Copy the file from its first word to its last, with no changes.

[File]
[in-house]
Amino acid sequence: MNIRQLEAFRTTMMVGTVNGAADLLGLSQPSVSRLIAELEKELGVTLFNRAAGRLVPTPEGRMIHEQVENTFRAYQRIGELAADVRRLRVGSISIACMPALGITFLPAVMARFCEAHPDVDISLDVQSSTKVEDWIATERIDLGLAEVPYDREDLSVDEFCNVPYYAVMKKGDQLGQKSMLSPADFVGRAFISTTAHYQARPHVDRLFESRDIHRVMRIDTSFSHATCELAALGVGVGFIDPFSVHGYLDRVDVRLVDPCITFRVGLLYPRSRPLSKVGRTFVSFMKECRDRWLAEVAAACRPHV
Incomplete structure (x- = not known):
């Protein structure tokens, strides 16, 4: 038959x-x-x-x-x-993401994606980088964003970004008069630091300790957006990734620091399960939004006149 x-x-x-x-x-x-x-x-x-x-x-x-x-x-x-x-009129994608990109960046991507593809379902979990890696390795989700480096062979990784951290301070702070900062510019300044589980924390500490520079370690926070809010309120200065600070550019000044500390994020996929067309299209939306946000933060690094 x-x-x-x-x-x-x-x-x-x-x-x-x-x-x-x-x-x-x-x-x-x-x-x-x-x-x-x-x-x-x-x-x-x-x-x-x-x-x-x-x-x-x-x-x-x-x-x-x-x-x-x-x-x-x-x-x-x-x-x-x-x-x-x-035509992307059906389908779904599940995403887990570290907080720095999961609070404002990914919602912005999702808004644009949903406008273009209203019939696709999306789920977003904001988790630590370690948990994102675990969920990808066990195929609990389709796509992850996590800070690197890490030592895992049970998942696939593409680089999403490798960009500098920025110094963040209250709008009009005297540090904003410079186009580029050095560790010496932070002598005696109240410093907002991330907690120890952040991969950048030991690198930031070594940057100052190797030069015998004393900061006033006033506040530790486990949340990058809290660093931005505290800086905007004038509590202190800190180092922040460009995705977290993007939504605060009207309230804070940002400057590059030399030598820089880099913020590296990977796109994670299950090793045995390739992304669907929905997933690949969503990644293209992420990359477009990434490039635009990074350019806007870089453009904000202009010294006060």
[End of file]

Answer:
[in-house]
Amino acid sequence: MNIRQLEAFRTTMMVGTVNGAADLLGLSQPSVSRLIAELEKELGVTLFNRAAGRLVPTPEGRMIHEQVENTFRAYQRIGELAADVRRLRVGSISIACMPALGITFLPAVMARFCEAHPDVDISLDVQSSTKVEDWIATERIDLGLAEVPYDREDLSVDEFCNVPYYAVMKKGDQLGQKSMLSPADFVGRAFISTTAHYQARPHVDRLFESRDIHRVMRIDTSFSHATCELAALGVGVGFIDPFSVHGYLDRVDVRLVDPCITFRVGLLYPRSRPLSKVGRTFVSFMKECRDRWLAEVAAACRPHV
Incomplete structure (x- = not known):
């Protein structure tokens, strides 16, 4: 038959x-x-x-x-x-993401994606980088964003970004008069630091300790957006990734620091399960939004006149 x-x-x-x-x-x-x-x-x-x-x-x-x-x-x-x-009129994608990109960046991507593809379902979990890696390795989700480096062979990784951290301070702070900062510019300044589980924390500490520079370690926070809010309120200065600070550019000044500390994020996929067309299209939306946000933060690094 x-x-x-x-x-x-x-x-x-x-x-x-x-x-x-x-x-x-x-x-x-x-x-x-x-x-x-x-x-x-x-x-x-x-x-x-x-x-x-x-x-x-x-x-x-x-x-x-x-x-x-x-x-x-x-x-x-x-x-x-x-x-x-x-035509992307059906389908779904599940995403887990570290907080720095999961609070404002990914919602912005999702808004644009949903406008273009209203019939696709999306789920977003904001988790630590370690948990994102675990969920990808066990195929609990389709796509992850996590800070690197890490030592895992049970998942696939593409680089999403490798960009500098920025110094963040209250709008009009005297540090904003410079186009580029050095560790010496932070002598005696109240410093907002991330907690120890952040991969950048030991690198930031070594940057100052190797030069015998004393900061006033006033506040530790486990949340990058809290660093931005505290800086905007004038509590202190800190180092922040460009995705977290993007939504605060009207309230804070940002400057590059030399030598820089880099913020590296990977796109994670299950090793045995390739992304669907929905997933690949969503990644293209992420990359477009990434490039635009990074350019806007870089453009904000202009010294006060």